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Posts Tagged ‘ABC News’

After her morning appearance on

After her morning appearance on “Good Morning America,” Maya enjoyed the sights of New York.

As I recounted in the blog yesterday, my great-niece Maya Poulter, now 10 years old, and her parents were featured Thursday morning on “Good Morning America.”

As Robin Roberts recounted her favorite GMA moments as part of the show’s 40th anniversary celebration, the most memorable was the day she found Maya after the 2010 earthquake (and shared the good news by Skype with Mandy Poulter, my niece and Maya’s adoptive mother). The earthquake devastated Haiti after Maya’s adoption had been completed but before the U.S. State Department issued a visa to bring her home to Iowa. (Maya’s story is mentioned at about the 3:00 mark of the ABC video linked above and the studio interview begins at about the 7:00 mark).

Until Roberts called, Mandy and her husband, Matt, didn’t know whether their daughter had survived the quake. On Thursday’s program, Maya and her parents updated Roberts and her viewers on Maya’s current life in Pella, Iowa, again thanking Roberts and ABC for their role in rescuing Maya from the catastrophe in her homeland.

I recounted the story and various follow-up angles at length in Wednesday’s post previewing the ABC appearance and earlier posts linked at the end of this post. Nothing new to report today, but Mandy gave me permission to share some photos from Maya’s first visit to the Big Apple. (I usually try to avoid clichés, but that one seems to fit the fun of this trip).

“We are having a great time in New York,” Mandy reported in an email Thursday. “Maya really enjoyed meeting Robin.”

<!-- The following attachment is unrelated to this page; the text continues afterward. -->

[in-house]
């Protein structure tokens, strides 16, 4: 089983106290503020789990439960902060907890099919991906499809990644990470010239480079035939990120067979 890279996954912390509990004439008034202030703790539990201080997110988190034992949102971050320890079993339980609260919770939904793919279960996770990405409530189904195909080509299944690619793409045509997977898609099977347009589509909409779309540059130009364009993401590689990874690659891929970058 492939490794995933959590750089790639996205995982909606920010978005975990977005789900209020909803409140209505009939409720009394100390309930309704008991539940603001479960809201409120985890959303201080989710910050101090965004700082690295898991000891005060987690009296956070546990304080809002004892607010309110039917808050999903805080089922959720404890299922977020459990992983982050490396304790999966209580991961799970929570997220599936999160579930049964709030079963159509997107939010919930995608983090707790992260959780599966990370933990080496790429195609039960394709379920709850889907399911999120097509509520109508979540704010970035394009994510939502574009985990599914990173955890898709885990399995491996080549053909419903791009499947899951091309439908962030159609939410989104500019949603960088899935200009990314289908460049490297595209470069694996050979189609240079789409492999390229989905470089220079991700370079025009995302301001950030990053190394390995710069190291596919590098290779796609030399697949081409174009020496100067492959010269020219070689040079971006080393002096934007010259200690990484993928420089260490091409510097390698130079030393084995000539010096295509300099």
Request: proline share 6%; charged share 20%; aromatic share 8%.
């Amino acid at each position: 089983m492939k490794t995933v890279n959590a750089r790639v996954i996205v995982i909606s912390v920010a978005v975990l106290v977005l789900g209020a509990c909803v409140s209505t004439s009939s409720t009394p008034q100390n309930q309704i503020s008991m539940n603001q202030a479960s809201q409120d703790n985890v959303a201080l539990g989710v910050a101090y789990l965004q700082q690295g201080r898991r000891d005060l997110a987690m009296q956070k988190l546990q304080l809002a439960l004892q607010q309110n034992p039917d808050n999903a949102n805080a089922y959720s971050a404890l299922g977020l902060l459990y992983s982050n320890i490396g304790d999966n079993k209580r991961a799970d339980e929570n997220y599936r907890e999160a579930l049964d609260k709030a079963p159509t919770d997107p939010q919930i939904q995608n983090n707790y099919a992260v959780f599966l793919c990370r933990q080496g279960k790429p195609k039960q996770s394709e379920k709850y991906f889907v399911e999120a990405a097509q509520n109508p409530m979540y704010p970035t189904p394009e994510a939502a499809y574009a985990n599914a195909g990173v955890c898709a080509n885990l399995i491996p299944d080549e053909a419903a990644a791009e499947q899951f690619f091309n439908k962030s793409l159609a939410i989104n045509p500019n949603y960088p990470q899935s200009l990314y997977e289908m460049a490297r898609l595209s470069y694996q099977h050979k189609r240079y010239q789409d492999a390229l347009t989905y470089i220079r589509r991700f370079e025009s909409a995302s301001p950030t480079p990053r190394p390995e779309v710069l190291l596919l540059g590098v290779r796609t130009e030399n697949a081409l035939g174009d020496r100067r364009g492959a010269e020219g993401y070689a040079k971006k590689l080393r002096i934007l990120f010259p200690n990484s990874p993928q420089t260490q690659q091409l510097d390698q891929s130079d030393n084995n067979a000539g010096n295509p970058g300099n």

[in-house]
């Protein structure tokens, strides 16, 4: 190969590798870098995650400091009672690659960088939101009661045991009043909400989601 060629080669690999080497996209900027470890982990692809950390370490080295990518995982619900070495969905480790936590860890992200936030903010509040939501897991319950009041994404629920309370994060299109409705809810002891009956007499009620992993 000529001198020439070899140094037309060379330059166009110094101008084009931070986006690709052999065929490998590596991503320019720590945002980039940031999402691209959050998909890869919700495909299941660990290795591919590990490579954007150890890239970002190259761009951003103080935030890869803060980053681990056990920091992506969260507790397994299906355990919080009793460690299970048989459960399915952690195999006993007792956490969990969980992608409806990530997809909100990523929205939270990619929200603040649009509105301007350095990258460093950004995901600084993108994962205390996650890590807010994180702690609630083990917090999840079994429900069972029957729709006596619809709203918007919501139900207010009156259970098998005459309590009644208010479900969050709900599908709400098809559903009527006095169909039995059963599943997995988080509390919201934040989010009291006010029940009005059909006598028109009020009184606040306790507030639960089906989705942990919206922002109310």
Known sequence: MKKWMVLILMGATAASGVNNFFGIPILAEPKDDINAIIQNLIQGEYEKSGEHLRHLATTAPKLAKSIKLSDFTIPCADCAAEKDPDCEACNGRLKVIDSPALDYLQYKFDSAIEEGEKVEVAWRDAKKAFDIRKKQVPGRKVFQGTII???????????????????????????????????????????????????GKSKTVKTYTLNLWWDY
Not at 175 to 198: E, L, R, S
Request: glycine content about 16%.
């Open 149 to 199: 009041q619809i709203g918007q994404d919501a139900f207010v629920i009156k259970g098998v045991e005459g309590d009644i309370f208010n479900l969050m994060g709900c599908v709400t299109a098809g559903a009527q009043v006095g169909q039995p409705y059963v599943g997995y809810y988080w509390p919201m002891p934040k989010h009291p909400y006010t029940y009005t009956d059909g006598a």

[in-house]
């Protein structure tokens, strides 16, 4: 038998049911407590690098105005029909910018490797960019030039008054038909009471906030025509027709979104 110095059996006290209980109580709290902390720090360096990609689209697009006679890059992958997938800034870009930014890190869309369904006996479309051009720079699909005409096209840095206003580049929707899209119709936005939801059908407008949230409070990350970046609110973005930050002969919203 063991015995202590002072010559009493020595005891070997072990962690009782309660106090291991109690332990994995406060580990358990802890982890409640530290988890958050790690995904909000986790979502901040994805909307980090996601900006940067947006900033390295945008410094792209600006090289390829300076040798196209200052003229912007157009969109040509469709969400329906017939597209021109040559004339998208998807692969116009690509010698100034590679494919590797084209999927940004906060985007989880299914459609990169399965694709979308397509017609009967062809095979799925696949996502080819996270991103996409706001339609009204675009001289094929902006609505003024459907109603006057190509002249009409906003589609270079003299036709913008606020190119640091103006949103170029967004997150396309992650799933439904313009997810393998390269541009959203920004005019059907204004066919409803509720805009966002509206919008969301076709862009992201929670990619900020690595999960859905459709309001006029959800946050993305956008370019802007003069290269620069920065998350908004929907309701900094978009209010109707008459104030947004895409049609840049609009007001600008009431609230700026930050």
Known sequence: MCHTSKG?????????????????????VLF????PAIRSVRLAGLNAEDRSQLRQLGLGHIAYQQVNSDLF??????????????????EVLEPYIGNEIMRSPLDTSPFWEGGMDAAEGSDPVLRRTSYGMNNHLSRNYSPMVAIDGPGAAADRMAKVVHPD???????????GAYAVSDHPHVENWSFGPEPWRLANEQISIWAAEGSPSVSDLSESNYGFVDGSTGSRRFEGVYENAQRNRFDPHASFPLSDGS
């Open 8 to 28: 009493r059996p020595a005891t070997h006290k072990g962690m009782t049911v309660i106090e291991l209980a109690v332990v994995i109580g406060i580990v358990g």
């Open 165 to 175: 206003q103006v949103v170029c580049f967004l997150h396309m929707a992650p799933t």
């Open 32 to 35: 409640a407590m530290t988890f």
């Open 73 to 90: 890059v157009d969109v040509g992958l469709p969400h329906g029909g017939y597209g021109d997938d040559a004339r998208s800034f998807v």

Matt, Maya and Mandy outside the Good Morning America studio in Times Square.

Matt, Maya and Mandy outside the Good Morning America studio in Times Square.

Maya gave Robin Roberts a Christmas tree ornament.

Maya gave Robin Roberts a Christmas tree ornament.

Maya enjoyed a cruise on her day in New York.

Maya enjoyed a cruise on her day in New York.

Mandy, Maya and Matt enjoying New York by carriage.

Mandy, Maya and Matt enjoying New York by carriage.

Maya outside ABC's TImes Square studios.

Maya outside ABC’s TImes Square studios.

Previous posts about Maya and her rescue from Haiti

The search for Maya made the Haiti disaster story personal

Mandy and Matt reunited with Maya Esther in Haiti

Maya’s enjoying life in Iowa

Maya’s adoption becomes final in Iowa

Humanity is more important and honest than objectivity for journalists

An update on Maya Poulter, six months after Haitian earthquake

Hoping Robin Roberts moves past MDS swiftly

My great-niece, Maya Poulter, was one of the best stories of Good Morning America’s 40 years (and my 60+)

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The Poulter family, from left, front, Whitley, Denzel, Shay, Ethan; rear, Mandy, Maya, Matt, Chelsea

An update on Maya Esther Poulter, my niece’s new daughter from Haiti: She is thriving in her new home and even adjusting to the Iowa winter. (more…)

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One of journalism’s favorite notions is that we don’t become part of the story. We are supposed to be some sort of object (you know, objective) that doesn’t feel, that stays aloof and writes from an omniscient perch above it all.